The 1992 presidential campaign is now in full swing. It started with Saturday’s non-binding “beauty contest” in Florida, where Arkansas Gov. Bill Clinton, the presumptive frontrunner, garnered 54% of the 2,000-plus convention delegates. Iowa Sen. Tom Harking came in second with 31%, followed by Nebraska Sen. Bob Kerrey and former Massachusetts Sen. Paul Tsongas.
The face-off continued on NBC on Sunday night – the first of seven nationally televised “debates” – where those four were joined by former California Gov. Jerry Brown and Virginia Gov. Doug Wilder. It was mostly skim milk, but Kerrey seemed to rise to the top.
But the winner of the first weekend may have been New York Gov. Mario Cuomo, whose probable candidacy hovered over the ensemble like Banquo’s ghost.
What was accomplished for the candidates?
Each candidate had a chance to tell us who he is. Tsongas and Clinton sent weak messages, coming across as thoughtful technocrats but still policy “wonks” with little soul.
Kerrey, Harkin, Tsongas and Wilder all painted themselves as “triumphant individuals,” people who have struggled against all kinds of odds to make it. Jerry Brown threw hand grenades.
Kerrey’s story is the most compelling. After losing part of a leg commanding a navy SEAL team in Vietnam, Kerrey became a self-made millionaire in the restaurant business in Nebraska. He was elected governor in 1982, but at the height of his popularity, stepped down after one term to go back to private life.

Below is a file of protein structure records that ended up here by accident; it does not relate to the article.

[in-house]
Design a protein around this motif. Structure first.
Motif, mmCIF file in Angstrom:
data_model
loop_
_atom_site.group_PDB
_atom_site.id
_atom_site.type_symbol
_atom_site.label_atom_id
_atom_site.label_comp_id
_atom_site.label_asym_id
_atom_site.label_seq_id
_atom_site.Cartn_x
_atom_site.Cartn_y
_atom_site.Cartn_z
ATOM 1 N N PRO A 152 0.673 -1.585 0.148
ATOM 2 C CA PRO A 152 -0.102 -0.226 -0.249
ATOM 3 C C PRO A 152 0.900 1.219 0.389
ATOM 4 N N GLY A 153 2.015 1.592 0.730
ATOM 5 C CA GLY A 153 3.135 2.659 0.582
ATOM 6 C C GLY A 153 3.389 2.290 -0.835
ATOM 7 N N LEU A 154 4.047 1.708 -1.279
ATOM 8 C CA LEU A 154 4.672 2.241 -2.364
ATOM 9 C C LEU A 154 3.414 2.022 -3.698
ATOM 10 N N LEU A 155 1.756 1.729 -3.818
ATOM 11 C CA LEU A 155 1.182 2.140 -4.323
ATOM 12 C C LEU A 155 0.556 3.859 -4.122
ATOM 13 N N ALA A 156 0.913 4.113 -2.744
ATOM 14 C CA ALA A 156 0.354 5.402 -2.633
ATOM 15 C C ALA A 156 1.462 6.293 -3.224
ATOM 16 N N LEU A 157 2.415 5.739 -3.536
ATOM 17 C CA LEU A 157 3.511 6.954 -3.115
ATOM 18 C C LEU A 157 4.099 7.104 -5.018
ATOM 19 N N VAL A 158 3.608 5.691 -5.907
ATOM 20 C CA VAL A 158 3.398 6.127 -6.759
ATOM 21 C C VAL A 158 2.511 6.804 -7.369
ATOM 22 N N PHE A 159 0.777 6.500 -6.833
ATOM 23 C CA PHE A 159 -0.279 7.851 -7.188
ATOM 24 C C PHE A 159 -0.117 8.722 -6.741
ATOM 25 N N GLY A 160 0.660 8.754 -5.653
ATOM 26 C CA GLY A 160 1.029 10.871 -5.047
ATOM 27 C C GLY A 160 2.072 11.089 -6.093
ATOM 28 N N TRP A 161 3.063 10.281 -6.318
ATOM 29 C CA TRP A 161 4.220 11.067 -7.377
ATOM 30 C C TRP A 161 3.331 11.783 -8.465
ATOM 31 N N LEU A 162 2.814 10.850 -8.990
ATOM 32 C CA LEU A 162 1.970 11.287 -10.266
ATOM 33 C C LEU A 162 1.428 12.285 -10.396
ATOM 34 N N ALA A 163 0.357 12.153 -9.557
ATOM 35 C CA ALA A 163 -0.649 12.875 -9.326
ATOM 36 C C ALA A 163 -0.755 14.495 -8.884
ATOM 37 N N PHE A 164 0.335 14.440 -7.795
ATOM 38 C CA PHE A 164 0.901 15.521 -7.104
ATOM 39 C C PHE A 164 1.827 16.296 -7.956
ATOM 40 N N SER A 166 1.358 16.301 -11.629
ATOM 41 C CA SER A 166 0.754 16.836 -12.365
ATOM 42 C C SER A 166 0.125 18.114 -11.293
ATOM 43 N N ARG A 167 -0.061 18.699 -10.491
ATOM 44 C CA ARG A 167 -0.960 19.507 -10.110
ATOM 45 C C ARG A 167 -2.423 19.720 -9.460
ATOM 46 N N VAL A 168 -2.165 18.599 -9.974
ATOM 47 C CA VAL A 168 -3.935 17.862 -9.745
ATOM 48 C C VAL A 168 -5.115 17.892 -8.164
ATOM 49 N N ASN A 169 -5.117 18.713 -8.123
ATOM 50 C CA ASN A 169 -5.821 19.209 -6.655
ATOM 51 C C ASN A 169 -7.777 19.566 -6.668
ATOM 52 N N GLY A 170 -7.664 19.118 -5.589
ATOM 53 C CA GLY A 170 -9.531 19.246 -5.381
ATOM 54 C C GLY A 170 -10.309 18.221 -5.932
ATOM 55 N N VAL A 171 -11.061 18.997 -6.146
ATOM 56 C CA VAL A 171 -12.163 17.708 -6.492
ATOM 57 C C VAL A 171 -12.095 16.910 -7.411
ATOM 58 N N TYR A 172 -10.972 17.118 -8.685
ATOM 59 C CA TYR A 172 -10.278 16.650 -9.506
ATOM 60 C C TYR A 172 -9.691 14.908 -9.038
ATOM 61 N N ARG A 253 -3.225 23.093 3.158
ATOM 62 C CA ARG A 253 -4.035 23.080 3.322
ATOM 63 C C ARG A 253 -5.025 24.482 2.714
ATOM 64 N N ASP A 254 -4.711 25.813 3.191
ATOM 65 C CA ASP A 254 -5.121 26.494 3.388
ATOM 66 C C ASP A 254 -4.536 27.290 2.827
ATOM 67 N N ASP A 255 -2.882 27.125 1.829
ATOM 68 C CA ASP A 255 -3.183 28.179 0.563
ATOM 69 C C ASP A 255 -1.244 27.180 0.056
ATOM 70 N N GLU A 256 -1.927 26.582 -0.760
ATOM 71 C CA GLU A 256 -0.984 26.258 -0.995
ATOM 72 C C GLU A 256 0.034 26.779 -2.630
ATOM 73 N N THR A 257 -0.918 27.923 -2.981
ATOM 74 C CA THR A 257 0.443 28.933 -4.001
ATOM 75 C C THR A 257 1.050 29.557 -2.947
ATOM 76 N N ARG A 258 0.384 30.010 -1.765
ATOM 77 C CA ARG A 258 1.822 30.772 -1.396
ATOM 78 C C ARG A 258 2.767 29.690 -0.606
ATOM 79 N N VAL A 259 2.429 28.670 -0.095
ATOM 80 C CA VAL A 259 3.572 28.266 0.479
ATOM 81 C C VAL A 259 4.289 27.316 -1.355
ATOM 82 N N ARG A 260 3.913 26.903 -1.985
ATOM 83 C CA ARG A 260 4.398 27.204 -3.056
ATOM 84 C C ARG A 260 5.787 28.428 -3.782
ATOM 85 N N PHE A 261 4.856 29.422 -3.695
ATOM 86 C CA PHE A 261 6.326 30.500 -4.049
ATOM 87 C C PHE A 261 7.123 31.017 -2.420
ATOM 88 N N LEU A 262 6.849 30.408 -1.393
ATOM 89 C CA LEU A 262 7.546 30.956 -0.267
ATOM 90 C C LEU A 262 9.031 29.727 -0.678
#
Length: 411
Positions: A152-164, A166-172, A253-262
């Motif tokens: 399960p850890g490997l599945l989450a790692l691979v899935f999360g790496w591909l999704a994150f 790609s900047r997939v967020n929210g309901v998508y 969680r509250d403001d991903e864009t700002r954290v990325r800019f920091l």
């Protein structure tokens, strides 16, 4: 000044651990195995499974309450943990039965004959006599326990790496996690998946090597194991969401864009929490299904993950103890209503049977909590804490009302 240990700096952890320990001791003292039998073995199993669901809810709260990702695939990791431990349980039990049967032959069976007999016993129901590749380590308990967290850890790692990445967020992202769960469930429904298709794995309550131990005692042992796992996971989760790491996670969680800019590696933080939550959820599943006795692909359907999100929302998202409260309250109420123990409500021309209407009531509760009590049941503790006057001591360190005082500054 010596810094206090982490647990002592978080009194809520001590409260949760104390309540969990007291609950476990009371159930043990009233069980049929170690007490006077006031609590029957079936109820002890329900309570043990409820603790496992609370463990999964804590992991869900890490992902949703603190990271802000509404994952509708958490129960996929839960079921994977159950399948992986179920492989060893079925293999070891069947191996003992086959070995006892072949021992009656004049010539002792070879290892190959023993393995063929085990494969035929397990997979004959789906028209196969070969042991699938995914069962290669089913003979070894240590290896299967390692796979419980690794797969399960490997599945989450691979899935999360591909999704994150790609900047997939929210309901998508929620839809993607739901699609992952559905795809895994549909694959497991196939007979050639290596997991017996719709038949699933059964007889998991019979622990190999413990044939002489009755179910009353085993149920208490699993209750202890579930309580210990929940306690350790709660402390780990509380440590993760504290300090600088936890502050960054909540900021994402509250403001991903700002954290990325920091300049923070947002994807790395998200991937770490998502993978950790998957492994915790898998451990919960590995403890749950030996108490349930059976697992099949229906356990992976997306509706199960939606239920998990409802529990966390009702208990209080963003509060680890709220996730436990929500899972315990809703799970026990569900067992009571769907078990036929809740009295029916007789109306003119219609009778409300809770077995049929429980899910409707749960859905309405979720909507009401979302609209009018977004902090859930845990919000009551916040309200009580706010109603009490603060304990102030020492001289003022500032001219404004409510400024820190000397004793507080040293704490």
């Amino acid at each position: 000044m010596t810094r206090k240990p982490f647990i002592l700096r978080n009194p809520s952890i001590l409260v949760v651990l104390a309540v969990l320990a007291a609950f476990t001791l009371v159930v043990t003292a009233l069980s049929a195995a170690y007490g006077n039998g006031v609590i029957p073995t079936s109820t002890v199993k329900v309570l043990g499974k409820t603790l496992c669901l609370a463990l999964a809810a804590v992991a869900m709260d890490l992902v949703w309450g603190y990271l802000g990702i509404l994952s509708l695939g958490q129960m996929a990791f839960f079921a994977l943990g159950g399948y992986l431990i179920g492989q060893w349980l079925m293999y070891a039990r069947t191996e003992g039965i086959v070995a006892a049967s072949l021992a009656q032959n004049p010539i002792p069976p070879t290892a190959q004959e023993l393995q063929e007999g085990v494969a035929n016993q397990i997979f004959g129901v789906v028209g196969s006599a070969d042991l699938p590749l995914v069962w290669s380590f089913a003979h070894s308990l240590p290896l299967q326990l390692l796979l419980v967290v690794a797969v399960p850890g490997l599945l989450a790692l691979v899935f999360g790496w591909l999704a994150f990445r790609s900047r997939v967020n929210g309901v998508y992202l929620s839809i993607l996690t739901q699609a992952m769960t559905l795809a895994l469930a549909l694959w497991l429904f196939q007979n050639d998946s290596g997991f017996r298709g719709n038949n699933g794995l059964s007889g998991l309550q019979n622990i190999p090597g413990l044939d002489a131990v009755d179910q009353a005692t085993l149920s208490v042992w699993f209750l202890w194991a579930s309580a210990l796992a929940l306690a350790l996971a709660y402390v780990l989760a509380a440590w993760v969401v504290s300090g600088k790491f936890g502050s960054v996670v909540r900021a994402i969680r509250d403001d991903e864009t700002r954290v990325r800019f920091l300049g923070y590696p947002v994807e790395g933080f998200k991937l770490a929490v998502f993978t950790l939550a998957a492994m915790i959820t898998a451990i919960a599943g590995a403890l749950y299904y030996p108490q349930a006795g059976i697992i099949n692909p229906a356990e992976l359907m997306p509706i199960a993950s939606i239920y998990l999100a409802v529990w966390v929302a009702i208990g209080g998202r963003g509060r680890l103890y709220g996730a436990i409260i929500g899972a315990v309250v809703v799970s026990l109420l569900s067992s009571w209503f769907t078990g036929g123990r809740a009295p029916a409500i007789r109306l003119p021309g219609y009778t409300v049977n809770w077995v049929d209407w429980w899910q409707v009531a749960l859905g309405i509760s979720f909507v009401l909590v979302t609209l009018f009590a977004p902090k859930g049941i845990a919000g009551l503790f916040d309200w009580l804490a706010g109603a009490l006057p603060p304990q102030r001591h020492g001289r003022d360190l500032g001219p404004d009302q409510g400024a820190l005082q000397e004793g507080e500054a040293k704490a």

In 1988, he returned to public life, winning election to the Senate seat vacated by the death of Ed Zorinsky. Now, at 48 years old, he is a candidate for president. In the Cincinnatus tradition, he is a true citizen politician. And his experience as a commander in the military and in business sets him apart from the rest in a way that can work greatly to his advantage.
On the issues, each of the six opposed Bush’s performance on foreign and defense policy. Once again, Kerrey articulated the strongest vision: a new world order with different rules of the game.
Wilder and Harkin sounded “America first” protectionist themes, especially in their answers about the North American Free Trade Agreement.
The first debate makes clear that President Bush will not be home free on defense and foreign policy, an area where he was considered invulnerable just six months ago.
On economic policy, the Democrats have a lot to debate among themselves. Clinton, Tsongas and Kerrey advocated education, research and development and other familiar policies to make us more competitive. Harkin offers income redistribution and public works spending disguised as economic policy,
The candidates, unfortunately, are following, not leading the debate about how to restore America’s economic vitality in the 1990s.
So, next to Mario Cuomo, who probably benefited most by not being there, Bob Kerrey won Round 1. He showed himself to be authentic, thoughtful but not boring, engaged and experienced. Clinton clearly was hurt by a lackluster performance. Brown and Wilder are drop-out candidates.
After the Iowa caucuses and the New Hampshire primary early next year, the candidates move to Colorado and other Western states. This will give them a chance to address the manufacturing boom, public lands, natural resources and the environment, and other issues important to the West. It will also give the Nebraskan Bob Kerrey something of a home-field advantage. Let’s see what he can do with it.